The perpetrators of tailgating incidents include outsiders who have no association with a business and disgruntled ex-employees looking to exact revenge for perceived injustices. Here are three scenarios that clarify how tailgating attacks can happen.
- The classic example of a tailgating attack is when an outsider disguised as a delivery driver waits for an employee to enter a building. The delivery driver typically uses boxes as props to appear more genuine and to increase the odds of exploiting the tendency for human kindness. As the employee checks in, the outsider asks the employee to hold the door, which unintentionally gives access to the building or restricted area.
- A real-life tailgating example occurred when a security researcher broke into an FTSE-listed financial institution by pretending to have a conversation on the phone and simply following an authorized employee into the swipe-card-operated lift. The authorized employee turned out to be the company’s managing director.
- Some attacks happen when outsiders loiter around smoking areas dressed in similar attire to other workers. The outsider smokes a cigarette and follows closely behind an unsuspecting employee re-entering the restricted area. This type of scenario exploits the tendency for people to become more complacent in informal situations, such as during cigarette breaks.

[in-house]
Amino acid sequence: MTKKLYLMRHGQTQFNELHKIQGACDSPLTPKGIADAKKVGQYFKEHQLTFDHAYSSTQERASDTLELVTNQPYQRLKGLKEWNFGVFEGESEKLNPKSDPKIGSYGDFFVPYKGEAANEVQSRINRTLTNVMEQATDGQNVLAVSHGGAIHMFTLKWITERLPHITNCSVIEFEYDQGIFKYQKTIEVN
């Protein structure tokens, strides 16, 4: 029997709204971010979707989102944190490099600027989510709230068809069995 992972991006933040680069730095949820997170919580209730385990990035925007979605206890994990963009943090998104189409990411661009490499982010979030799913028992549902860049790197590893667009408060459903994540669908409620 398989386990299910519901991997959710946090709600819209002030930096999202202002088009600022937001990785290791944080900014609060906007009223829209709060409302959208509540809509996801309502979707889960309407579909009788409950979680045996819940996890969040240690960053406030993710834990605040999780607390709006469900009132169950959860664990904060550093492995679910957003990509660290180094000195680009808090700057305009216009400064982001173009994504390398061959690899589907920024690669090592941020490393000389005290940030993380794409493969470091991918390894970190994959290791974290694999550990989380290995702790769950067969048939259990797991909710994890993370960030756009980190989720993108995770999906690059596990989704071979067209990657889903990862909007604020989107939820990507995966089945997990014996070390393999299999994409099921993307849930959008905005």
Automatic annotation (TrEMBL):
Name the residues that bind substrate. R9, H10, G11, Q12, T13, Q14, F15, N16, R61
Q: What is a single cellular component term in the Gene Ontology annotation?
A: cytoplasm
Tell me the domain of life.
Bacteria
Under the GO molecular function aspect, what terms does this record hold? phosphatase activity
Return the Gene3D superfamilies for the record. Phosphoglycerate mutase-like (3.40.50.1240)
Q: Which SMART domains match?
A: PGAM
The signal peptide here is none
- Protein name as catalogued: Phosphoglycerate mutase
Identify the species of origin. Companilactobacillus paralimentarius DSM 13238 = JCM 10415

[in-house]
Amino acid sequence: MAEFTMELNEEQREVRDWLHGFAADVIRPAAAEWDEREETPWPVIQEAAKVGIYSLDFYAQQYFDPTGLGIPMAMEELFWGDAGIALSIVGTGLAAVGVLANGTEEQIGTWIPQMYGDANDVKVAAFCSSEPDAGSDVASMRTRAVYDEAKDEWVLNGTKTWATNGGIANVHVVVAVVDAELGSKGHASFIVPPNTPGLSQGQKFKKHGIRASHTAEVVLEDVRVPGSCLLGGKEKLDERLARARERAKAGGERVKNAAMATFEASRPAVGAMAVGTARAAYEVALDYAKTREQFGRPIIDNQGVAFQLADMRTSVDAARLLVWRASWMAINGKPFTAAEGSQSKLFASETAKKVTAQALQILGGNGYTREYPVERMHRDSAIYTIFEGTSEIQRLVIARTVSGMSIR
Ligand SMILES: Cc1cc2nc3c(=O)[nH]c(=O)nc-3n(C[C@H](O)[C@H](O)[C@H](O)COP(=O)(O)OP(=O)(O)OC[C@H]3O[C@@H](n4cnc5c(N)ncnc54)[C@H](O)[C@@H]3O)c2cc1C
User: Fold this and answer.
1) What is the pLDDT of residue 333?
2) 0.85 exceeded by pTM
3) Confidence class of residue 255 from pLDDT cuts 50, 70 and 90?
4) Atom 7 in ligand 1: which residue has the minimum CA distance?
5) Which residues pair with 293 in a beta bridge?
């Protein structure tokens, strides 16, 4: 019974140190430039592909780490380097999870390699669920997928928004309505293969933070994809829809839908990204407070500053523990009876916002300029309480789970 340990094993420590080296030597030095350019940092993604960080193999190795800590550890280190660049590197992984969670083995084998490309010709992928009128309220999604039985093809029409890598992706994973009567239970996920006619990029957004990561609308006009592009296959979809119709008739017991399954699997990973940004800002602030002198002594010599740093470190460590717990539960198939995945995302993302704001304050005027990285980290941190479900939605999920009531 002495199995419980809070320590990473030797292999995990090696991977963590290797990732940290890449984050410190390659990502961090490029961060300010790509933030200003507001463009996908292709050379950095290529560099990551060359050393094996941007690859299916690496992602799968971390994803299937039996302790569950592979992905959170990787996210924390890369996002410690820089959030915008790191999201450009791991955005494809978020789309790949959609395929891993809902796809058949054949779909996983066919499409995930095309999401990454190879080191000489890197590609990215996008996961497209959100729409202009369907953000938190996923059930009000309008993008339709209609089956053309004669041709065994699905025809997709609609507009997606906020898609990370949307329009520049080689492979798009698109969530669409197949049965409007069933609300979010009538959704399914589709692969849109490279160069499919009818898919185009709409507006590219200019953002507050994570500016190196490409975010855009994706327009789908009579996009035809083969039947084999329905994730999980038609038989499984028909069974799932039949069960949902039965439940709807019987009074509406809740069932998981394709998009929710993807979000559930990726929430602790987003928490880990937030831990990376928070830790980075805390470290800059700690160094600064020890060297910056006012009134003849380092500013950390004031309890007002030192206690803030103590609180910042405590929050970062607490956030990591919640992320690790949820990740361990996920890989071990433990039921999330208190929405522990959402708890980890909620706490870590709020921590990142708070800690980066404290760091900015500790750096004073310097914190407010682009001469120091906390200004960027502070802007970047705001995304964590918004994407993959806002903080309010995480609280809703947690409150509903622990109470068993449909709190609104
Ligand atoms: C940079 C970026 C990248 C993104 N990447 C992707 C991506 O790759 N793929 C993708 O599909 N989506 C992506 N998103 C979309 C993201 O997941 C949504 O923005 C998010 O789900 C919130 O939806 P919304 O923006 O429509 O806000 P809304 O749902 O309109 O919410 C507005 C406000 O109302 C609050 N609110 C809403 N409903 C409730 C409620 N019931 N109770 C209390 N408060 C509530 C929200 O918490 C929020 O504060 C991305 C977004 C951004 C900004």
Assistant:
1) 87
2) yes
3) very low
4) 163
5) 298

A step-by-step guide to preventing tailgating attacks
Here are four steps to start preventing tailgating attacks. The logic here is to address the root cause: a lack of security awareness and social engineering exposure among employees.
1. Train employees in physical security
Many businesses focus their security awareness training programs on digital security practices. These practices include proper password hygiene and recognizing phishing emails. While digital security is essential, neglecting physical security awareness at your company can significantly impact and harm your business.
A robust security training program promotes awareness of and vigilance in physical security attacks and mitigation methods, including tailgating. Ideally, it would help to deliver training year-round to reinforce employees’ security lessons. Maintain an always-on approach.
Since developing an effective training program is complex, time-consuming, and costly, consider dedicated security awareness training platforms. These platforms use security training expertise to help businesses run robust awareness programs without developing the program from scratch.
2. Familiarize employees with social engineering
Many employees don’t recognize tailgating attacks because they’re often unfamiliar with what social engineering attacks actually look like. Security training programs are a useful starting point, but simulated attacks further improve security awareness with exposure to how real-world incidents occur.